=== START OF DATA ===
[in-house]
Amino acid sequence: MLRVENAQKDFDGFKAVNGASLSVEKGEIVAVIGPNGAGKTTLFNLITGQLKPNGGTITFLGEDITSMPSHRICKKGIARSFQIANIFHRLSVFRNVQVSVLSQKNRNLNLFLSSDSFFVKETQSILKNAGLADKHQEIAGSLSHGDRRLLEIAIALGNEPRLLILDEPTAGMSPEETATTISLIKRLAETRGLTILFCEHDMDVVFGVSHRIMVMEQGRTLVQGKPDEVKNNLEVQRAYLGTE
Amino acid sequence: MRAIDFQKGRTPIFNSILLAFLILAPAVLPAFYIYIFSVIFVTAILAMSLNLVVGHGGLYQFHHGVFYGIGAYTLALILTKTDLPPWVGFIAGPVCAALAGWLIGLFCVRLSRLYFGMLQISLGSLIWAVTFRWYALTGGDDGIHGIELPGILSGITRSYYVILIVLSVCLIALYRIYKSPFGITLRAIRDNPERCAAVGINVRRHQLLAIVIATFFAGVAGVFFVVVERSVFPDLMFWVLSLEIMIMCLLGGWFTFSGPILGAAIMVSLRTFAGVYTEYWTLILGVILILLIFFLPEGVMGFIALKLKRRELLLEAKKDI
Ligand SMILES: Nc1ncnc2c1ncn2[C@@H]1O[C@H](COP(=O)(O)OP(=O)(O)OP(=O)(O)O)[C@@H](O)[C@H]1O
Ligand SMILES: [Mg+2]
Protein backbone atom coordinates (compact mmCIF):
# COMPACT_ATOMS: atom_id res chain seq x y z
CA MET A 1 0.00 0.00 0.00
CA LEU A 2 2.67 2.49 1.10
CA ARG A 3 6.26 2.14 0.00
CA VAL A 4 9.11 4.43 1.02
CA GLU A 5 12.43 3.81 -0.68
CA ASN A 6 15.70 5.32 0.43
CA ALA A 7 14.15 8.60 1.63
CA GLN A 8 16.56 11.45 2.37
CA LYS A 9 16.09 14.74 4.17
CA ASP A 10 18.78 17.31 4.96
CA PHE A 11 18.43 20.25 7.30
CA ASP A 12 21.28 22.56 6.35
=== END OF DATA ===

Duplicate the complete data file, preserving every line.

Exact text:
[in-house]
Amino acid sequence: MLRVENAQKDFDGFKAVNGASLSVEKGEIVAVIGPNGAGKTTLFNLITGQLKPNGGTITFLGEDITSMPSHRICKKGIARSFQIANIFHRLSVFRNVQVSVLSQKNRNLNLFLSSDSFFVKETQSILKNAGLADKHQEIAGSLSHGDRRLLEIAIALGNEPRLLILDEPTAGMSPEETATTISLIKRLAETRGLTILFCEHDMDVVFGVSHRIMVMEQGRTLVQGKPDEVKNNLEVQRAYLGTE
Amino acid sequence: MRAIDFQKGRTPIFNSILLAFLILAPAVLPAFYIYIFSVIFVTAILAMSLNLVVGHGGLYQFHHGVFYGIGAYTLALILTKTDLPPWVGFIAGPVCAALAGWLIGLFCVRLSRLYFGMLQISLGSLIWAVTFRWYALTGGDDGIHGIELPGILSGITRSYYVILIVLSVCLIALYRIYKSPFGITLRAIRDNPERCAAVGINVRRHQLLAIVIATFFAGVAGVFFVVVERSVFPDLMFWVLSLEIMIMCLLGGWFTFSGPILGAAIMVSLRTFAGVYTEYWTLILGVILILLIFFLPEGVMGFIALKLKRRELLLEAKKDI
Ligand SMILES: Nc1ncnc2c1ncn2[C@@H]1O[C@H](COP(=O)(O)OP(=O)(O)OP(=O)(O)O)[C@@H](O)[C@H]1O
Ligand SMILES: [Mg+2]
Protein backbone atom coordinates (compact mmCIF):
# COMPACT_ATOMS: atom_id res chain seq x y z
CA MET A 1 0.00 0.00 0.00
CA LEU A 2 2.67 2.49 1.10
CA ARG A 3 6.26 2.14 0.00
CA VAL A 4 9.11 4.43 1.02
CA GLU A 5 12.43 3.81 -0.68
CA ASN A 6 15.70 5.32 0.43
CA ALA A 7 14.15 8.60 1.63
CA GLN A 8 16.56 11.45 2.37
CA LYS A 9 16.09 14.74 4.17
CA ASP A 10 18.78 17.31 4.96
CA PHE A 11 18.43 20.25 7.30
CA ASP A 12 21.28 22.56 6.35